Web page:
“Is nothing sacred?” That’s the rhetorical question heard around the world when legions of Vogue US readers saw the glossy’s April cover, featuring none other than Kanye West and Kim Kardashian.
The news broke Twitter almost immediately, with thousands decrying the cover as the long awaited death knell of high fashion as we know it. One would be hard-pressed to say that rumors have finally come to rest, seeing as how most of the talk surrounding any Kim K cover has come solely from Kamp Kimye.
Until today, Vogue has stayed tight-lipped, letting Kanye West proceed in his typical meretricious fashion, with specified take-down that included the cultural dismissal of both our first lady Michelle Obama (whom, according to Kanye, could never pull as many Instagram likes as Kim K, and is thus irrelevant) and Vogue’s very own February cover, featuring Lena Dunham.
For two months, those in the ‘high fashion’ sphere stayed dubious. There’s no actual way that Anna Wintour, the single most powerful person in the entire multi-billion dollar fashion industry, would actually cave to the demands of the world’s most reviled l’enfant terrible, right?
Before you get any ideas, Ms. Wintour addresses the topic head-first in the issue’s accompanying Editor’s Letter. “As for the cover, my opinion is that it is both charming and touching, and it was, I should add, entirely our idea to do it,” she states. “You may have read that Kanye begged me to put his fiancée on Vogue’s cover. He did nothing of the sort. The gossip might make better reading, but the simple fact of the matter is that it isn’t true.”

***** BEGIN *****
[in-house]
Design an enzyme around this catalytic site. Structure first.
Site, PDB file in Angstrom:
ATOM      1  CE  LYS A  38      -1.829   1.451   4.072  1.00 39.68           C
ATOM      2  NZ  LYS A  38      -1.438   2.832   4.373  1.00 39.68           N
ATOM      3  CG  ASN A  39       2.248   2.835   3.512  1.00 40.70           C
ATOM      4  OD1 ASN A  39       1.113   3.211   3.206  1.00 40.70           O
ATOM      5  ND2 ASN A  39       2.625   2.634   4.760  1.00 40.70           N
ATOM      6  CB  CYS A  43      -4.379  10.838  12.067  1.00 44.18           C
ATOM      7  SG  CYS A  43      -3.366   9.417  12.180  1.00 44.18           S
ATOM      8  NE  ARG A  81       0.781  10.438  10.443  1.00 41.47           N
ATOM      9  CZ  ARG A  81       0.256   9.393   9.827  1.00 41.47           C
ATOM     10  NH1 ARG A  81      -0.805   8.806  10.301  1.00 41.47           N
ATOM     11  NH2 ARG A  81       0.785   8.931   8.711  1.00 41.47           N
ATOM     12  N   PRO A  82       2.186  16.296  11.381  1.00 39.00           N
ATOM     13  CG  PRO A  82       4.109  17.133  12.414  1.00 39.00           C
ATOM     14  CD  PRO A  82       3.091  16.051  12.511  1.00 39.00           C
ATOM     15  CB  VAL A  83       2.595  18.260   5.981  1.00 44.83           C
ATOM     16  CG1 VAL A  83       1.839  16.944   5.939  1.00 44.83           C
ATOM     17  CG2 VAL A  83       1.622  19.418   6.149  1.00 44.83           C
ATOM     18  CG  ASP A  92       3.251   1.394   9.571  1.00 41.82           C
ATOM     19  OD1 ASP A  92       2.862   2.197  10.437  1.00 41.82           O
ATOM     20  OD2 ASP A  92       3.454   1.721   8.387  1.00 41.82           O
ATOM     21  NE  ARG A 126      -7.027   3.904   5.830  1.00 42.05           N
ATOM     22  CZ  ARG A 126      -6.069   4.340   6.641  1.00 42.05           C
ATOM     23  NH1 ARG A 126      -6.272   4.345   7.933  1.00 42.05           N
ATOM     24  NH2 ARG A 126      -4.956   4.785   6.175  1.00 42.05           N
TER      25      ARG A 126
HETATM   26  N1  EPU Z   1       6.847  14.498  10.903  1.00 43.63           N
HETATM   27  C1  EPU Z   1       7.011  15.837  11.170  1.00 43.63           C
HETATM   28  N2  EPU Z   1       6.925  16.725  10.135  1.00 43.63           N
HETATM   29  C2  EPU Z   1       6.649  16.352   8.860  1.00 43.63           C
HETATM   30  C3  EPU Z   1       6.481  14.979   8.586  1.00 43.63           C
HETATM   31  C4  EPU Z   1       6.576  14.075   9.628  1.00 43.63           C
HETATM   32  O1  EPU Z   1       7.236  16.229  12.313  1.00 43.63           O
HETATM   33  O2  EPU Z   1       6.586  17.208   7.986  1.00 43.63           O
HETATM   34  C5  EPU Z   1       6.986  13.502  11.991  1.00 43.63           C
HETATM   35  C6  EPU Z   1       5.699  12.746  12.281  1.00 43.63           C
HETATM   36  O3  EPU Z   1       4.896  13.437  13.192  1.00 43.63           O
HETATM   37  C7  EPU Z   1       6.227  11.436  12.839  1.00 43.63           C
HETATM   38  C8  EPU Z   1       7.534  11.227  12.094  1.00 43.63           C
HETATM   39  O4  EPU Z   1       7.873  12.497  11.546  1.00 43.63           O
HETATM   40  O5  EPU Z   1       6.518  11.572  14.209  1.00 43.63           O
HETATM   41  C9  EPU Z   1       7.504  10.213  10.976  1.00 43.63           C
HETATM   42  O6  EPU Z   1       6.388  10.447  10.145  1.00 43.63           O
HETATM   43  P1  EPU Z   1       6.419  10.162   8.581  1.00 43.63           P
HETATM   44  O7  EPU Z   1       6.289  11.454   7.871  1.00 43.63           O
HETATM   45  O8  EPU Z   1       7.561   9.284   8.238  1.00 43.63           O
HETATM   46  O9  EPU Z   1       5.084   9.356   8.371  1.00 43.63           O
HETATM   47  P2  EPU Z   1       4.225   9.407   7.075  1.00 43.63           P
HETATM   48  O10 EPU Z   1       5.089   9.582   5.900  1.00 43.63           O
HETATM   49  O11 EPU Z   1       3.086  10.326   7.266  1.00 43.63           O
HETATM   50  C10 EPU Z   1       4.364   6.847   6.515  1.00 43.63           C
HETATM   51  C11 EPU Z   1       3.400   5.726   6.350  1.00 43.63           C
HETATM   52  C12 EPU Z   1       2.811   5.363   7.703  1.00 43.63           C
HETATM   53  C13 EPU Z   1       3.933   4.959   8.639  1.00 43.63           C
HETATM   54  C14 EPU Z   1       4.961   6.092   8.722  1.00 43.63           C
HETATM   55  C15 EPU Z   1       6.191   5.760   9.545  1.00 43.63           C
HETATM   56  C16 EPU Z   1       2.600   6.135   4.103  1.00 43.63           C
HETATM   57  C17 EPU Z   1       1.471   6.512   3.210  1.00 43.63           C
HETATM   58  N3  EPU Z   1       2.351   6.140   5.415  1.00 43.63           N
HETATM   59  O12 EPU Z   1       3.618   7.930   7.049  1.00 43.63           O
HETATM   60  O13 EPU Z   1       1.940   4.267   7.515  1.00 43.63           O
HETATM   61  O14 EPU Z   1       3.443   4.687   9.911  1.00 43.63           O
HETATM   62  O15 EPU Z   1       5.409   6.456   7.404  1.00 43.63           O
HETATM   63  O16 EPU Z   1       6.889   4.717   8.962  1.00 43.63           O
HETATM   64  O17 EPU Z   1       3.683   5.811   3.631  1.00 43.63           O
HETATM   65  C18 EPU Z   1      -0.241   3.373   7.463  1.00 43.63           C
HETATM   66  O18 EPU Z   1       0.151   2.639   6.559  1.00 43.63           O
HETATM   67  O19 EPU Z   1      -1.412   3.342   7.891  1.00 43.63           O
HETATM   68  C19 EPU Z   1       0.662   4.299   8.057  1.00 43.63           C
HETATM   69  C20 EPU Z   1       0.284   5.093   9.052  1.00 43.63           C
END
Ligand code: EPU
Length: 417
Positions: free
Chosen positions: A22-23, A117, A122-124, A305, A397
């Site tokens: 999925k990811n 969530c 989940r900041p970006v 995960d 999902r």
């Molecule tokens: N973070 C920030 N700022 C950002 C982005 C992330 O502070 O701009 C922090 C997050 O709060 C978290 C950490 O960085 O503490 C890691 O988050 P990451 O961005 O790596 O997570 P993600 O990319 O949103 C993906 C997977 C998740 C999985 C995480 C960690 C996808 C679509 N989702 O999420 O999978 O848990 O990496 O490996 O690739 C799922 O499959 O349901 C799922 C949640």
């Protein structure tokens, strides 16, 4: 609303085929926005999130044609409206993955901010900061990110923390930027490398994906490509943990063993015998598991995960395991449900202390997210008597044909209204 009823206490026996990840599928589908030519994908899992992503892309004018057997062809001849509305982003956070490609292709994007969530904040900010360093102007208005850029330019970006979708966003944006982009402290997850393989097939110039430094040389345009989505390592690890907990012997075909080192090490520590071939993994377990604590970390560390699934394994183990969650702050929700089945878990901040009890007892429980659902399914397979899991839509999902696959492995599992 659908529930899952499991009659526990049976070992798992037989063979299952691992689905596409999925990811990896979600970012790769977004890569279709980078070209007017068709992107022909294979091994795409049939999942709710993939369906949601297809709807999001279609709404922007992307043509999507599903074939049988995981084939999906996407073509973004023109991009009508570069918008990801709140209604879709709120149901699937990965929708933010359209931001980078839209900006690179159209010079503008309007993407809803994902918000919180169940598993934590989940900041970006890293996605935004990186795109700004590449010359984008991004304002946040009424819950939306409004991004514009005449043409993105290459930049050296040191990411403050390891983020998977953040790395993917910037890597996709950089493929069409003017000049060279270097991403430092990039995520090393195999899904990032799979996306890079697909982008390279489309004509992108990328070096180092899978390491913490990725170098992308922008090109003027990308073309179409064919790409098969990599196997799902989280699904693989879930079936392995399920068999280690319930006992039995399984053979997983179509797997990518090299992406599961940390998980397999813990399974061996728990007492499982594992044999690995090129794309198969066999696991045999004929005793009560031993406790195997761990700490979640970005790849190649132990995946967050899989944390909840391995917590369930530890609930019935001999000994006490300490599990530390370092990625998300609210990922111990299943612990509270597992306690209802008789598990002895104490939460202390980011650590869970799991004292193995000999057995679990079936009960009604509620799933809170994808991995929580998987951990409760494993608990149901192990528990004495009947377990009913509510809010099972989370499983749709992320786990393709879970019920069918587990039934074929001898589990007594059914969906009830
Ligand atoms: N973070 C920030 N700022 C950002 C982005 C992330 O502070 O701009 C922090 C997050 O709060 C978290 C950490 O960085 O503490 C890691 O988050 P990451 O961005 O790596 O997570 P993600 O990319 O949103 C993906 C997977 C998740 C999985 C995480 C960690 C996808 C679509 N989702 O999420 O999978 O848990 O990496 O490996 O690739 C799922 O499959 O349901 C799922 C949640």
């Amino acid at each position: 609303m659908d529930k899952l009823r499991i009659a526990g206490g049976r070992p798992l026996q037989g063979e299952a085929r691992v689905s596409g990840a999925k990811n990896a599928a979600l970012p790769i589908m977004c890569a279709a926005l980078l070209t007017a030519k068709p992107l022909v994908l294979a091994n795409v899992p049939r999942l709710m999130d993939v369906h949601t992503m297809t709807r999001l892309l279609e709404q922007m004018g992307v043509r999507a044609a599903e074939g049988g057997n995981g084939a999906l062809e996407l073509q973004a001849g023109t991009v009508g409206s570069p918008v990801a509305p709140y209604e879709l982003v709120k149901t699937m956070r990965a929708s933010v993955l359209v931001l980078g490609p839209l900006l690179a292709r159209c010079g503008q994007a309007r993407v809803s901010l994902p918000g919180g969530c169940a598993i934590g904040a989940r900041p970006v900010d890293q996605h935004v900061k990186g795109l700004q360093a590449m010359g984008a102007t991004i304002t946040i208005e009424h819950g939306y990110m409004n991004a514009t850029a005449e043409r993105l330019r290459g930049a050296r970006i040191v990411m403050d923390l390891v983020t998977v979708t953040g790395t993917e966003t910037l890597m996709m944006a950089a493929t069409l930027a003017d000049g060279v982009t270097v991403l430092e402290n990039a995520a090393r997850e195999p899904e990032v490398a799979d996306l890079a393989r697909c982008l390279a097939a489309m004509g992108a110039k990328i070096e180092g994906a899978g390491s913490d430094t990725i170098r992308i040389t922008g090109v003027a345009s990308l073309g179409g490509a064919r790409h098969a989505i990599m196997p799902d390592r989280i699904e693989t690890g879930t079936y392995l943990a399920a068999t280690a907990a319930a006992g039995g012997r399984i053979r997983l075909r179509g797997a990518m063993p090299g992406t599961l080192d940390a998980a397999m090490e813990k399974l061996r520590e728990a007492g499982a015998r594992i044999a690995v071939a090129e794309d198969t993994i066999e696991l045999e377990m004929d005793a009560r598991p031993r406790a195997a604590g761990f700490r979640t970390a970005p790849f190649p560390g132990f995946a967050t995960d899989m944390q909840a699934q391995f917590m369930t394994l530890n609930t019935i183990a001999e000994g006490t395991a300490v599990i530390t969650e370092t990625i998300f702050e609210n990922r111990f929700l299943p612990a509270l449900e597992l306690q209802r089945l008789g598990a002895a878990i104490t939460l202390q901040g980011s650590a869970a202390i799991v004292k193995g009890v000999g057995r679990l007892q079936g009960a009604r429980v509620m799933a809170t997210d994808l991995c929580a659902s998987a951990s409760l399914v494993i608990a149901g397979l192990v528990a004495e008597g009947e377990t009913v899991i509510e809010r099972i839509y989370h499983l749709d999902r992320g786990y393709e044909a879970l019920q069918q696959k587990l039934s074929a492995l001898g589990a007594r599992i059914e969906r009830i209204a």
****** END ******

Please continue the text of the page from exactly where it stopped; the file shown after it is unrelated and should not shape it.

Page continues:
On the one hand, it seems pretty haughty of the masses to question not only fashion’s High Priestess, but one of the most brilliant stalwarts in publishing history on these matters. Ms. Wintour was not without her naysayers when Vogue switched from models to celebrity-laden covers, a publishing tactic that changed the fashion, publishing, music and film industries in one fell swoop.
And yet, the question remains: How did this happen? Is Ms. Wintour not the woman who personally banned Kim K from attending the Met Gala in 2012, forcing Kanye to attend dateless? Sure, she conceded the following year, but when Kim’s mother Kris Jenner begged to attend, did Wintour not famously announce “One Kardashian is enough!”
From banned to cover story? The Anna Wintour of 2012 would tweet with dismay as well. From where the masses stand, it looks like in two years’ time, Kanye West has taken America’s most beloved Ice Queen and chipped away until he was left with the glistening sculpture of an obsequious BFF made in his own image.
Motives and pulled strings aside, Vogue Magazine is a juggernaut market brand. When Wintour switched to celebrity covers, she was expanding the magazine’s mass cultural reach. That’s always been the intention. Can anyone deny that hashtag at the bottom center of the cover, which declares Kim and Kanye to be #worldsmosttalkedaboutcouple? The answer is simply: no.
“There’s barely a strand of the modern media that the Kardashian Wests haven’t been able to master, and for good reason,” Wintour writes in her Editor’s Letter.
“Kanye is an amazing performer and cultural provocateur, while Kim, through her strength of character, has created a place for herself in the glare of the world’s spotlight, and it takes real guts to do that.” Point taken.
But that’s not what Wintour was touting out two years ago.
Still, one thing is for sure. This topsy-turvy, to-and-fro dance between Wintour and Kimye comes to a highly-publicized and polarizing conclusion. Many will buy the magazine when it hits stands on March 31, while others will take to MS Paint, Courtney Love-style, in the search for Anna Wintour’s backbone.
Photo via Vogue